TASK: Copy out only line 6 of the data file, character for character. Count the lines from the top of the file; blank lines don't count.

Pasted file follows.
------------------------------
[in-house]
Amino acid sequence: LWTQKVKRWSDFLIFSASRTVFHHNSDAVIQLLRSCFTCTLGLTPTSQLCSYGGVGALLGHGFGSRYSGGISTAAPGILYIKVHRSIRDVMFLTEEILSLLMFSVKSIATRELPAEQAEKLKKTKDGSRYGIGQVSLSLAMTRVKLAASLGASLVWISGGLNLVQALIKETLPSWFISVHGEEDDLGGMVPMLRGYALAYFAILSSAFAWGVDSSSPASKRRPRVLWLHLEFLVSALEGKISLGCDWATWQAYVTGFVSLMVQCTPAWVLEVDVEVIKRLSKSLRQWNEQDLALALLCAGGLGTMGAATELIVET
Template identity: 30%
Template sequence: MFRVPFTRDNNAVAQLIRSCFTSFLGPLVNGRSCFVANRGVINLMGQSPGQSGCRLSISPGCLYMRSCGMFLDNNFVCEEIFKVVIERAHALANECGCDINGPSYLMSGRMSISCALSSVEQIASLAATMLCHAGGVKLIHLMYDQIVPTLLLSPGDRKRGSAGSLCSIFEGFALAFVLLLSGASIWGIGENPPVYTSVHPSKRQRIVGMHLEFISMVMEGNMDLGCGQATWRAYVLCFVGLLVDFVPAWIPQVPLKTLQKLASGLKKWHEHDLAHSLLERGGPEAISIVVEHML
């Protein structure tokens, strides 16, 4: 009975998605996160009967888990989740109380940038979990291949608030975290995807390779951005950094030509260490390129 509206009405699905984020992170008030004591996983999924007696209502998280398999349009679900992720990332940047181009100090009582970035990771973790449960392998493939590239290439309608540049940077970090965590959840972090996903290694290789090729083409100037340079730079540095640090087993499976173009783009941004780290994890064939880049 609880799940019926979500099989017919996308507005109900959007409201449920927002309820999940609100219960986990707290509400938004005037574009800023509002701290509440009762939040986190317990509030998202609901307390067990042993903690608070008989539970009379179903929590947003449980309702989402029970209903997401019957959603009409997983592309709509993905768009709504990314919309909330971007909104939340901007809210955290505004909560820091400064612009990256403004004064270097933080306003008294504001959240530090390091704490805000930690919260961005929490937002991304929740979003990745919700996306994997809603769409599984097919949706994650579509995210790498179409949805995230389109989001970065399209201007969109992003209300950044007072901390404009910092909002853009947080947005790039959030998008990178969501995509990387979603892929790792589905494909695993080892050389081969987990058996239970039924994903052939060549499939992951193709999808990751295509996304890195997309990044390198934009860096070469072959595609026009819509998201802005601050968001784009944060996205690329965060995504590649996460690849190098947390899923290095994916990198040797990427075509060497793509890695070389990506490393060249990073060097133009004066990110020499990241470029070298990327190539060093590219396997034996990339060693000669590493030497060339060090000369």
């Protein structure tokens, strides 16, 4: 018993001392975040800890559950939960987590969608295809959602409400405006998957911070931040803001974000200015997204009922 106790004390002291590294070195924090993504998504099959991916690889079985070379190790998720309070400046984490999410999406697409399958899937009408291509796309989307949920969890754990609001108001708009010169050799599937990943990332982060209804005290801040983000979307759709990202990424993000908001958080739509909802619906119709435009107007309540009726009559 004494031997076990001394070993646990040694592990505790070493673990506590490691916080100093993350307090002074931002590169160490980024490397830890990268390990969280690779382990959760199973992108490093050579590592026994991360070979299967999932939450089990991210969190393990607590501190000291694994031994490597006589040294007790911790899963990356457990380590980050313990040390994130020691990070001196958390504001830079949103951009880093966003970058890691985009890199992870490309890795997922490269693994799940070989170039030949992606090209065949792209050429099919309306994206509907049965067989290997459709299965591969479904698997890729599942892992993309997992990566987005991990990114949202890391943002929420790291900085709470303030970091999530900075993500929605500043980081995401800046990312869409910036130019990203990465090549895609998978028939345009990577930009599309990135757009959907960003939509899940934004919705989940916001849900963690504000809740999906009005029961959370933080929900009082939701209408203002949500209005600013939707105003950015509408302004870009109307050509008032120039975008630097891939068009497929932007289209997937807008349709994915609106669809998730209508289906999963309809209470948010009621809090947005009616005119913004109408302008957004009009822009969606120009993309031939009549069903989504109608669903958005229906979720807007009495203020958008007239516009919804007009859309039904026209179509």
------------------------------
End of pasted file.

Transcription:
């Protein structure tokens, strides 16, 4: 018993001392975040800890559950939960987590969608295809959602409400405006998957911070931040803001974000200015997204009922 106790004390002291590294070195924090993504998504099959991916690889079985070379190790998720309070400046984490999410999406697409399958899937009408291509796309989307949920969890754990609001108001708009010169050799599937990943990332982060209804005290801040983000979307759709990202990424993000908001958080739509909802619906119709435009107007309540009726009559 004494031997076990001394070993646990040694592990505790070493673990506590490691916080100093993350307090002074931002590169160490980024490397830890990268390990969280690779382990959760199973992108490093050579590592026994991360070979299967999932939450089990991210969190393990607590501190000291694994031994490597006589040294007790911790899963990356457990380590980050313990040390994130020691990070001196958390504001830079949103951009880093966003970058890691985009890199992870490309890795997922490269693994799940070989170039030949992606090209065949792209050429099919309306994206509907049965067989290997459709299965591969479904698997890729599942892992993309997992990566987005991990990114949202890391943002929420790291900085709470303030970091999530900075993500929605500043980081995401800046990312869409910036130019990203990465090549895609998978028939345009990577930009599309990135757009959907960003939509899940934004919705989940916001849900963690504000809740999906009005029961959370933080929900009082939701209408203002949500209005600013939707105003950015509408302004870009109307050509008032120039975008630097891939068009497929932007289209997937807008349709994915609106669809998730209508289906999963309809209470948010009621809090947005009616005119913004109408302008957004009009822009969606120009993309031939009549069903989504109608669903958005229906979720807007009495203020958008007239516009919804007009859309039904026209179509």